The Environmental Protection Agency plans to change the way it calculates the health risks of air pollution, a shift that would make it easier to roll back a key climate change rule because it would result in far fewer predicted deaths from pollution, according to five people with knowledge of the agency’s plans.
- EPA Seeks Dramatic Change in Calculating Health Risks from Air Pollution (Weather Channel)
- White House updates rule-busting agenda (E&E News):
On another hot-button topic, the agency plans to release its preliminary decision in a legally required review of particulate matter air quality standards by next March. The review has been engulfed in controversy after EPA Administrator Andrew Wheeler last fall fired an expert panel that was assisting in the assessment.
- Cost of New E.P.A. Coal Rules: Up to 1,400 More Deaths a Year (NY Times, 8/21/2018)
- E.P.A. Plans to Get Thousands of Pollution Deaths Off the Books by Changing Its Math (NY Times):
'GREEN NEWS EXTRA' (Stuff we didn't have time for in today's audio report)...
For a comprehensive roundup of daily environmental news you can trust, see the Society of Environmental Journalists' Daily Headlines page
- Trump’s love for infrastructure doesn’t extend to California’s high-speed rail project (CNBC)
- Deadly extreme weather is the new normal (op-ed, The Hill)
- Is modern life poisoning me? I took the tests to find out (Guardian UK)
- 75+ Business Leaders Lobby Congress for Carbon Pricing. Did Republicans Listen? (Inside Climate News)
- Amazon Investors Reject Proposals on Climate Change and Facial Recognition (NY Times)
- An even more inconvenient truth: Why carbon credits for forest preservation may be worse than nothing (Pro Publica)
- Transportation Is Illinois’ Biggest Source Of Pollution (WBEZ-Chicago)
- Meating In The Middle: The Challenge of Lowering Greenhouse Gas Emissions On Farms (Harvest Public Media)
- Inside a Southern Coal Conference: Pep Rallies and Fears of an Industry's Demise (Inside Climate News)
- Clean-energy bill amended to shore up coal-fired power plants (Columbus Dispatch)
- Maryland General Assembly approves 50 percent renewable energy target for 2030 (Baltimore Sun)
- EPA Curbs Use of 12 Bee-Harming Pesticides (Bloomberg)
- A Trespass Law Aimed At Protesters Challenged In Court (AP)
- How we traced ‘mystery emissions’ of CFCs back to eastern China (The Conversation)
- Botswana, Home To Nearly 1/3 Of Africa's Elephants, Lifts Hunting Ban (The Hill)
- They Grow the Nation’s Food, but They Can’t Drink the Water (NY Times)
- Should We Be Calling Climate Change a 'Climate Crisis'? (Earther)
- PG&E to bury distribution lines serving fire-ravaged Paradise, California (Utility Dive)
- Teenage activists demand climate action on eve of global school strike (Reuters)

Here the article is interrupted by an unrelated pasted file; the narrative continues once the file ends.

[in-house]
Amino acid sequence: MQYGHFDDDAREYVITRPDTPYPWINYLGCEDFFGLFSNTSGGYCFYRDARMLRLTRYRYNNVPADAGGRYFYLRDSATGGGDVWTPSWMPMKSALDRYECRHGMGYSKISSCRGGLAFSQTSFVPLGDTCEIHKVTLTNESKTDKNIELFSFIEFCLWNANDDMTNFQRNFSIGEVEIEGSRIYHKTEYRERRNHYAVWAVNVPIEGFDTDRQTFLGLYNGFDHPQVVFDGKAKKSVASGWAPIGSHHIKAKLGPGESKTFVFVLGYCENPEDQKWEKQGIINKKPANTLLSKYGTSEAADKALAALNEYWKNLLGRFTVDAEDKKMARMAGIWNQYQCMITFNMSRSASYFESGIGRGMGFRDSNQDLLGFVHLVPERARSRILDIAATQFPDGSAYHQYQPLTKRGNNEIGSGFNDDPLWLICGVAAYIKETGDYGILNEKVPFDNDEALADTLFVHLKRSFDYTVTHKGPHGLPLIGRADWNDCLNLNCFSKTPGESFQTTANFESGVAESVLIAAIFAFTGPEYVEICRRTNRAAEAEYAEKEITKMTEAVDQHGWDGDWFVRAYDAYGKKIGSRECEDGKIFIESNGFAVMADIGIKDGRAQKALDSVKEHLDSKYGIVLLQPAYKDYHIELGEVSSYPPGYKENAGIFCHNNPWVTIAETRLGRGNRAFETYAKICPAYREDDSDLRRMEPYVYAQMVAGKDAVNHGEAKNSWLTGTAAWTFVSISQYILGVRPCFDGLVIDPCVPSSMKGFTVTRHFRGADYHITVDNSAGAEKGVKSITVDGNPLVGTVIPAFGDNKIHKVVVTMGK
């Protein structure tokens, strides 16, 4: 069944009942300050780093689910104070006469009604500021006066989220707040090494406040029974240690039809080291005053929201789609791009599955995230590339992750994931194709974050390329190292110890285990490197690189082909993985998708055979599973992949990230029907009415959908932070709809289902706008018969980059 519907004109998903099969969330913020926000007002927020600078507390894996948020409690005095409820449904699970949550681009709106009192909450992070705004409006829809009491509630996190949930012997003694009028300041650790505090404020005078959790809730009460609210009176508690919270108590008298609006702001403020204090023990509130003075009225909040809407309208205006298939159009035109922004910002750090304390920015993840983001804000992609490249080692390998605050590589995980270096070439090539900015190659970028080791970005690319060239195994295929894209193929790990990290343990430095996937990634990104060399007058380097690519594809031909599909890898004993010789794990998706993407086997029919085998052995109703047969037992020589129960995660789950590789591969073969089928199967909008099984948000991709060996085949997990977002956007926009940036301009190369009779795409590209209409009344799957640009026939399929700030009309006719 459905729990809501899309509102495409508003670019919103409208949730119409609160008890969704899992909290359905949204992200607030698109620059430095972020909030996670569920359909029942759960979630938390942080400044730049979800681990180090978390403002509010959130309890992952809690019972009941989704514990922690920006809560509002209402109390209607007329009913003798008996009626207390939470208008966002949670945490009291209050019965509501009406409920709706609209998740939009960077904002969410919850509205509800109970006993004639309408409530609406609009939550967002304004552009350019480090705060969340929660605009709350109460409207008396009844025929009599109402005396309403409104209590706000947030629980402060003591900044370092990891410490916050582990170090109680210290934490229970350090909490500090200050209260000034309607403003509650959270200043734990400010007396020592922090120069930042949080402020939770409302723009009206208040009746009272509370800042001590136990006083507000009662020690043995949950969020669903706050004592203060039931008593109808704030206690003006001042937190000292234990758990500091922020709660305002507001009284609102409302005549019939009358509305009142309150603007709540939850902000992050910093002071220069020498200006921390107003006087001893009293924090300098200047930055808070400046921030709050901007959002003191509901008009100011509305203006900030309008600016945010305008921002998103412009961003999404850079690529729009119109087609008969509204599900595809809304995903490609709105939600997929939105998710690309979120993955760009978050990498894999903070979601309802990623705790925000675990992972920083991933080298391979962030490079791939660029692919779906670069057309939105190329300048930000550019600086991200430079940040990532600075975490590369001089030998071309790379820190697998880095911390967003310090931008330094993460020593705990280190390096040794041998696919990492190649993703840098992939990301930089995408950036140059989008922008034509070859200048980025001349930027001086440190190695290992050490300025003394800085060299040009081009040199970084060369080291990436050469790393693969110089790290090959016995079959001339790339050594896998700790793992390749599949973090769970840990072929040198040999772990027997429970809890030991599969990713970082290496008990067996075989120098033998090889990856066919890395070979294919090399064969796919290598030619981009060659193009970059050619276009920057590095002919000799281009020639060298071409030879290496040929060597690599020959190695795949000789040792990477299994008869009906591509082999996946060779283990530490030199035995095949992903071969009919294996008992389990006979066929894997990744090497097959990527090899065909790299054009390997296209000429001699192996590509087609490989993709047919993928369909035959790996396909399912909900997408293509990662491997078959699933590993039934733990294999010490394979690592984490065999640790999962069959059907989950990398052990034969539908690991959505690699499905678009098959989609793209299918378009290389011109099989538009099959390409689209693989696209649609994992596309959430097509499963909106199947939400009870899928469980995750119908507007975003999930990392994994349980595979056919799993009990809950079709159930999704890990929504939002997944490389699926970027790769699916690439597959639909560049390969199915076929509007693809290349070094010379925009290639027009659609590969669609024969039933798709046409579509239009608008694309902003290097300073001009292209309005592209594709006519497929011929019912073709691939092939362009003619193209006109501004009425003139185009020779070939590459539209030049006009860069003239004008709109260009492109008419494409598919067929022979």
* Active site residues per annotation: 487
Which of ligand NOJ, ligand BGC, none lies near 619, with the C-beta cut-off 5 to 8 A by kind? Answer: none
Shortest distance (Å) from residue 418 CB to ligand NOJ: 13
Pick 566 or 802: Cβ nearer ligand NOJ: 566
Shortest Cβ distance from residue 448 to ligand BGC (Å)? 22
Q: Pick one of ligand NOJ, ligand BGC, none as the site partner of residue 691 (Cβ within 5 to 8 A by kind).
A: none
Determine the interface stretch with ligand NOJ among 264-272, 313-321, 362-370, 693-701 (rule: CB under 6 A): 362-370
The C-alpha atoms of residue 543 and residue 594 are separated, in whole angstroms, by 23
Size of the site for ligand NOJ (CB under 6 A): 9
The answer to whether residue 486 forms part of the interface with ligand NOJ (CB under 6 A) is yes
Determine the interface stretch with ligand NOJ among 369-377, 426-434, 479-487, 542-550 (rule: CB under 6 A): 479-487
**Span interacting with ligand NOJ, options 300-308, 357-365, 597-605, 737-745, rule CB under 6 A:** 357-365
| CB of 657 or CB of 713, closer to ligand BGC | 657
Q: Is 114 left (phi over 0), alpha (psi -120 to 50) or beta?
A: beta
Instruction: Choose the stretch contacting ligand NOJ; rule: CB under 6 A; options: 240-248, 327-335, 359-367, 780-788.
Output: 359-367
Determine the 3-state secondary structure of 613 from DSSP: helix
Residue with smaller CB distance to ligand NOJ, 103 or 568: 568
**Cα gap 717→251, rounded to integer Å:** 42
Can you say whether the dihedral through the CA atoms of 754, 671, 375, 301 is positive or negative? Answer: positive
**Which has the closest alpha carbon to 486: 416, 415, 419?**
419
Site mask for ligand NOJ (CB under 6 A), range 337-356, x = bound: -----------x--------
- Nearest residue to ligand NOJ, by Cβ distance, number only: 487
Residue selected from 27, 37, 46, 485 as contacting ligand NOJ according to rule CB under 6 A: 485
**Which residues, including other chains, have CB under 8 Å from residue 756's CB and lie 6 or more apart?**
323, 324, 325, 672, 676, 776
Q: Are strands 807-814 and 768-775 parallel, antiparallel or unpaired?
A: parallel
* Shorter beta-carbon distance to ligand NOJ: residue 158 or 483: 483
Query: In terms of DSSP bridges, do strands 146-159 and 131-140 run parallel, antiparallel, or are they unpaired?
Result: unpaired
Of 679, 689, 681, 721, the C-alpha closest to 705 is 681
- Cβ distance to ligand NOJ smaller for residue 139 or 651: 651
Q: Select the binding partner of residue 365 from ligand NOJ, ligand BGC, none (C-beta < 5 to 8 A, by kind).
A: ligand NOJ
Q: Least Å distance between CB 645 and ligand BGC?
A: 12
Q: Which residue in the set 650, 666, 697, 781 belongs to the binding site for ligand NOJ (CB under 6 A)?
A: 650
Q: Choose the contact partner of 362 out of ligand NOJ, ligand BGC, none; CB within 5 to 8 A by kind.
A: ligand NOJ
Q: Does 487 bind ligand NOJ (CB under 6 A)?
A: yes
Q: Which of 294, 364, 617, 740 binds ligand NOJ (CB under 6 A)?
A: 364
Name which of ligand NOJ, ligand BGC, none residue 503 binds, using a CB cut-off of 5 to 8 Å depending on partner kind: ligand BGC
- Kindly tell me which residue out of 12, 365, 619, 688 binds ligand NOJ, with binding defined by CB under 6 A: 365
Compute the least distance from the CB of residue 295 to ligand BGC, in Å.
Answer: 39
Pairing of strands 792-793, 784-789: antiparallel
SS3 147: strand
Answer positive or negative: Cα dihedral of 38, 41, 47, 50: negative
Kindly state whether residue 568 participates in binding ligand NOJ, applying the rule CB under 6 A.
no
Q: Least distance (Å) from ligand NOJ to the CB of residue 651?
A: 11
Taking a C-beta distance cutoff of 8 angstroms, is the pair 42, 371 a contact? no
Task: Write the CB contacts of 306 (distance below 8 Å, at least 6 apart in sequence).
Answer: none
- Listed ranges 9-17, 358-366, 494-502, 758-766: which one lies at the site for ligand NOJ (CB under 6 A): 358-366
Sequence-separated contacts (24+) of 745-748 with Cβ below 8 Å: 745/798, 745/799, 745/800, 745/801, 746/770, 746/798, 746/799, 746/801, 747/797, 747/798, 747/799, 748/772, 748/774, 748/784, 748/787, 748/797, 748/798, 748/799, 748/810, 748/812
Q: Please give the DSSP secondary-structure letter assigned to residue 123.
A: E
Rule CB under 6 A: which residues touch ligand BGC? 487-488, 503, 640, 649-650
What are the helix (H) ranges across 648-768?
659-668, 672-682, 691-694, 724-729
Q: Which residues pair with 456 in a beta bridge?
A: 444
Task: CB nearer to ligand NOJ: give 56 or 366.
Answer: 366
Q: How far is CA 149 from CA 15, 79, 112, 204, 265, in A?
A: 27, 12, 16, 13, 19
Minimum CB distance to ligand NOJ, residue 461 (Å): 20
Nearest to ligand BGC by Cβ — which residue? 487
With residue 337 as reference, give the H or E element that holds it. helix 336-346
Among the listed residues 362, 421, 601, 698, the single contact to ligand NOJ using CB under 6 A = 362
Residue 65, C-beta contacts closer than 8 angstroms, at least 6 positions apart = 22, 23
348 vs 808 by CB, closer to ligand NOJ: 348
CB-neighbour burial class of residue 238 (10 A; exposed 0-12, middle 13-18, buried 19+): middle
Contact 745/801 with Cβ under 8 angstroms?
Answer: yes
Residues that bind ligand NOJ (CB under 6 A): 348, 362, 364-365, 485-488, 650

- This one weird trick can help any state or city pass clean energy policy (Vox)
- VIDEO: A Message From the Future With Alexandria Ocasio-Cortez (The Intercept)
- This Is How Human Extinction Could Play Out (Rolling Stone)
- SEJ Backgrounder: Green New Deal Proposes Sweeping Economic Transformation (Society of Environmental Journalists)
- Explainer: The 'Green New Deal': Mobilizing for a just, prosperous, and sustainable economy (New Consensus)
- What genuine, no-bullshit ambition on climate change would look like: How to hit the most stringent targets, with no loopholes. (David Roberts, Vox)
- A Global Shift To Sustainability Would Save Us $26 Trillion (Vox)
- Project Drawdown: 100 Solutions to Reverse Global Warming (Drawdown.org)
- An Optimist's Guide to Solving Climate Change and Saving the World (Vice)
- The great nutrient collapse: The atmosphere is literally changing the food we eat, for the worse. And almost nobody is paying attention. (Politico)
- The world's bleak climate situation, in 3 charts: We've got a long way to go and a short time to get there. (Vox)
- The Climate Risks We Face (NY Times):
To stabilize global temperature, net carbon dioxide emissions must be reduced to zero. The window of time is rapidly closing to reduce emissions and limit warming to no more than 3.6 degrees Fahrenheit or 2 degrees Celsius above preindustrial levels, the goal set in the Paris climate accord. The further we push the climate system beyond historical conditions, the greater the risks of potentially unforeseen and even catastrophic changes to the climate - so every reduction in emissions helps.
- The Uninhabitable Earth: When will climate change make earth too hot for humans? (New York Magazine):
Famine, economic collapse, a sun that cooks us: What climate change could wreak - sooner than you think.
- A beginner's guide to the debate over 100% renewable energy (Vox):
Clean-energy enthusiasts frequently claim that we can go bigger, that it's possible for the whole world to run on renewables - we merely lack the "political will." So, is it true? Do we know how get to an all-renewables system? Not yet. Not really.
FOR MORE on Climate Science and Climate Change, go to our Green News Report: Essential Background Page